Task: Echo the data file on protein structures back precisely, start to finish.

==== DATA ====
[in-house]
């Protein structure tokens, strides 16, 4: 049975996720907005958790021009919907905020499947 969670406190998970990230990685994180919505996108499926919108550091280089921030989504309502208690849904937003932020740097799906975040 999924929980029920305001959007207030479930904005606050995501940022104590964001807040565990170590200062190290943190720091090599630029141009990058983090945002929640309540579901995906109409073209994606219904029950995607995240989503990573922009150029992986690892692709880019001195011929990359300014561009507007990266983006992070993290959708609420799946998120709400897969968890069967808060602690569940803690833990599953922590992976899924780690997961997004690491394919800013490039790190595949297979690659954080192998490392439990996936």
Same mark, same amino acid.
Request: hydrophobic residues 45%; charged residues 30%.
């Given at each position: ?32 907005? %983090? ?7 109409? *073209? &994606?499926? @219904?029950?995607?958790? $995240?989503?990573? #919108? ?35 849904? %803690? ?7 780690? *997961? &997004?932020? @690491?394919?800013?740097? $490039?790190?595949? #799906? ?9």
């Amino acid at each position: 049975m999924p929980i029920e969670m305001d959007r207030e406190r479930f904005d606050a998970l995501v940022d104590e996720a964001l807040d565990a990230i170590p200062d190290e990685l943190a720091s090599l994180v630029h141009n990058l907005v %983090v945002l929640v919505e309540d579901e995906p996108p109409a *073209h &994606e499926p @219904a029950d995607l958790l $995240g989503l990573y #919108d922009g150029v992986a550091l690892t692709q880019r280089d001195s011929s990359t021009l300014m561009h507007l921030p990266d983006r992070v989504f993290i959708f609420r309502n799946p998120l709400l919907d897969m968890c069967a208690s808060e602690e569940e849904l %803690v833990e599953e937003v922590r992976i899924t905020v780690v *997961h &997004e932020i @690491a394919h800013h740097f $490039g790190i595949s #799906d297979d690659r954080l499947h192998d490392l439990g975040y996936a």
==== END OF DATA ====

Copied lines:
[in-house]
């Protein structure tokens, strides 16, 4: 049975996720907005958790021009919907905020499947 969670406190998970990230990685994180919505996108499926919108550091280089921030989504309502208690849904937003932020740097799906975040 999924929980029920305001959007207030479930904005606050995501940022104590964001807040565990170590200062190290943190720091090599630029141009990058983090945002929640309540579901995906109409073209994606219904029950995607995240989503990573922009150029992986690892692709880019001195011929990359300014561009507007990266983006992070993290959708609420799946998120709400897969968890069967808060602690569940803690833990599953922590992976899924780690997961997004690491394919800013490039790190595949297979690659954080192998490392439990996936």
Same mark, same amino acid.
Request: hydrophobic residues 45%; charged residues 30%.
């Given at each position: ?32 907005? %983090? ?7 109409? *073209? &994606?499926? @219904?029950?995607?958790? $995240?989503?990573? #919108? ?35 849904? %803690? ?7 780690? *997961? &997004?932020? @690491?394919?800013?740097? $490039?790190?595949? #799906? ?9």
């Amino acid at each position: 049975m999924p929980i029920e969670m305001d959007r207030e406190r479930f904005d606050a998970l995501v940022d104590e996720a964001l807040d565990a990230i170590p200062d190290e990685l943190a720091s090599l994180v630029h141009n990058l907005v %983090v945002l929640v919505e309540d579901e995906p996108p109409a *073209h &994606e499926p @219904a029950d995607l958790l $995240g989503l990573y #919108d922009g150029v992986a550091l690892t692709q880019r280089d001195s011929s990359t021009l300014m561009h507007l921030p990266d983006r992070v989504f993290i959708f609420r309502n799946p998120l709400l919907d897969m968890c069967a208690s808060e602690e569940e849904l %803690v833990e599953e937003v922590r992976i899924t905020v780690v *997961h &997004e932020i @690491a394919h800013h740097f $490039g790190i595949s #799906d297979d690659r954080l499947h192998d490392l439990g975040y996936a």